Since many years, developers have relied on four major Java platforms: Java SE, Java EE, Java ME and Java FX for application development targeting specific environment and channels. These platforms enable executing desired tasks when building complex applications, but newbie developers or those who have learned different languages in the past often find it difficult to understand the difference between these platforms. Therefore, we have covered a brief explanation on all four platforms below to help you understand each platform better.

Java SE:
Java SE (formerly known as J2SE) is a platform that provides core tools for enterprise application development using Java. It consists of all APIs that run on JVM (Java Virtual Machine) to compile Java programs. It offers GUI libraries or framework that can be used for developing sophisticated GUI powered applications. The Java community unofficially addresses Java SE as “Core Java”. It aims to provide necessary libraries and environment to build standalone desktop applications. Whether your application is simple or complex, you only need a JVM to use Java SE.

Java EE:
Formerly known as J2EE, Java EE is an enterprise edition of Java. It is a super-set of Java SE, which means it includes all the features required for developing giant enterprise applications. It is majorly used for powering websites, Java Beans and server applications. The best thing about Java EE is that it provides an inbuilt environment to compile or run your Java code without requiring a standalone executable. This helps to accelerate your software development cycle.

It’s also used as a web framework based on Servlets (Servlet is a class used for extending the server capabilities). In addition to that, it includes JSP (Java Server Pages) which is a template language used for compiling from JSP to a Java Servlet where it can be run by a container. For building web server applications, you will require Java EE compatible servers such as JBoss, GlassFish, WildFly, etc. Basically, Java EE is more of a platform than simply an app-building tool.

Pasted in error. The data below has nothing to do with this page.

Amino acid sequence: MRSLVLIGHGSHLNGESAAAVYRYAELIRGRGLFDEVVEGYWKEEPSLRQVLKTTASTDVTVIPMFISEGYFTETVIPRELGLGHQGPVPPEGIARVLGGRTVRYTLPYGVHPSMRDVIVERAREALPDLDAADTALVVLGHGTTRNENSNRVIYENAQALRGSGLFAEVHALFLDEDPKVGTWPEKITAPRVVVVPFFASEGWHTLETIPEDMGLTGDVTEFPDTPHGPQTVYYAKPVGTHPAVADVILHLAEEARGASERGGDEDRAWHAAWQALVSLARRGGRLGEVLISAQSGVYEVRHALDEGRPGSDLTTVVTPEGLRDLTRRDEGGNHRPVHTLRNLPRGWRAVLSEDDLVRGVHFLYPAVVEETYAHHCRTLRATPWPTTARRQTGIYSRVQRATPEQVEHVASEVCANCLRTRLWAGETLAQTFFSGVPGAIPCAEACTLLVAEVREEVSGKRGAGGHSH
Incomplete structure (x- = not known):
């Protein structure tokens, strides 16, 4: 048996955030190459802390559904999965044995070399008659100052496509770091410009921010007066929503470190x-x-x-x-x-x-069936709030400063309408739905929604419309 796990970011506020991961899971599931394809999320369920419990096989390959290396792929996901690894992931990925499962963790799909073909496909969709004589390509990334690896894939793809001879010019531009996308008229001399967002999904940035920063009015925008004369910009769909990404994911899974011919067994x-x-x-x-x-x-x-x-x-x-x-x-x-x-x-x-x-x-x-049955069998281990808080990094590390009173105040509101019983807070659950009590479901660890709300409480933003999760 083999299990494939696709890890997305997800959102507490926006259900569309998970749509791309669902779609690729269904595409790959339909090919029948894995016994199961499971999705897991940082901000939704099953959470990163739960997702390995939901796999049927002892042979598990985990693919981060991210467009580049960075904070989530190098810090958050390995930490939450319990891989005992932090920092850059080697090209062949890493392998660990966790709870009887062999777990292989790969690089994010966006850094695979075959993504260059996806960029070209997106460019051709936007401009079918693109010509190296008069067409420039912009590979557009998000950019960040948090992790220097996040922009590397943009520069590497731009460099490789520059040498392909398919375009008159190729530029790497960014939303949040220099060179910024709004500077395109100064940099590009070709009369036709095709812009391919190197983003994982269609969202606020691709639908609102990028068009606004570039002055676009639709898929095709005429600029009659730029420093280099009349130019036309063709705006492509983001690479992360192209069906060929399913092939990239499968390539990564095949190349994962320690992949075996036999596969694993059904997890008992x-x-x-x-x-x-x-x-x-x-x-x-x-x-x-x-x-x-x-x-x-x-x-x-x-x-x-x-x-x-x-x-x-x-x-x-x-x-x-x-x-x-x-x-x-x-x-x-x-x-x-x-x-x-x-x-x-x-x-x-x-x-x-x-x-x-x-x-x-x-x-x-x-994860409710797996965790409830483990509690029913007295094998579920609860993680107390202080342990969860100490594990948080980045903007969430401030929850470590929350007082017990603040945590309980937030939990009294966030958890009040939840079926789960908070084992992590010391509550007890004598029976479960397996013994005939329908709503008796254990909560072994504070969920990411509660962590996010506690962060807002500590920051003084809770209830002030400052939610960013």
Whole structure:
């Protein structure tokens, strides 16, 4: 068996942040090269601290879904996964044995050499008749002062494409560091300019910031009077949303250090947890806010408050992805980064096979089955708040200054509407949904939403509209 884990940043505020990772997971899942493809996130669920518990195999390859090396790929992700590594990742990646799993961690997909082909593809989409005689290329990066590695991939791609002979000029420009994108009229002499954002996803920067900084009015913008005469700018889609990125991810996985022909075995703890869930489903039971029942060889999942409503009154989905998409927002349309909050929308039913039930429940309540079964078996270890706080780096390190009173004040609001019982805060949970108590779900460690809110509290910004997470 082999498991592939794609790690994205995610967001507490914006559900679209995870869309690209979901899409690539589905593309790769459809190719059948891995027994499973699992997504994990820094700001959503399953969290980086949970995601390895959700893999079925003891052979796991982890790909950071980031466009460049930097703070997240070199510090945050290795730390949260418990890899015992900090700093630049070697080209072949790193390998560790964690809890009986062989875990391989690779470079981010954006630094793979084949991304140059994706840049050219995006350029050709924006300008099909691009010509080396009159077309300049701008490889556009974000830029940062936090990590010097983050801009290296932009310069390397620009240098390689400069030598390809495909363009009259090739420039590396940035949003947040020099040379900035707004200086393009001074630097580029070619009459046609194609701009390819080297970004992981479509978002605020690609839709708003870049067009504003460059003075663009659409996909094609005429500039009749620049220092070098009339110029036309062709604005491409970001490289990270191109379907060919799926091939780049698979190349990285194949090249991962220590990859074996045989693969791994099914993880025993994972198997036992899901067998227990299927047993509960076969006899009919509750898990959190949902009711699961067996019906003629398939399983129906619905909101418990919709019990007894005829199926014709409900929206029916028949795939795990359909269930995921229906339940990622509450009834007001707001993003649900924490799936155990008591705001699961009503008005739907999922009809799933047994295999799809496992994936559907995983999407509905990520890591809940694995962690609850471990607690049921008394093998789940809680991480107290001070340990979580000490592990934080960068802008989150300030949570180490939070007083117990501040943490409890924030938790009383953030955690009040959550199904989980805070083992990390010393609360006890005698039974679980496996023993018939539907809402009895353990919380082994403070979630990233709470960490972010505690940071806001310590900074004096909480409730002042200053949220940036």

Java ME:
Java ME, the Micro Edition of Java, was specifically designed to develop applications for mobile devices and embedded systems like set-top boxes. It offers a subset of the functionality of Java SE and also includes libraries specific to mobile app development. However, as it is based on the previous version of Java SE, a number of new language features introduced in Java 1.5 such as generics are not available.

Java FX:
Java FX is a platform for creating robust internet applications through lightweight user interface API. Applications built on Java FX use hardware-accelerated graphics and media engines to leverage the benefit of high-performance clients, a modern look, and feel, and high-level APIs to connect to networked data sources. Java FX applications can be clients of Java EE platform services.

To conclude, consider these platforms as specifications or norms instead of software. The Java Development Kit (JSK) is an official implementation for Java SE. Various other implementations are also available such as OpenJDK or IBM’s J9.

Which of these Java platforms have you tried for your project? Let us know in the comments below.

Author's Bio: 

My prime focus is on solving business problems through the most efficient use of technology and creative writing and blogging. I have hands on experience in writing engaging content about CRMs and CMSes and tips and tricks of the web-based application and mobile stuff for a couple of years.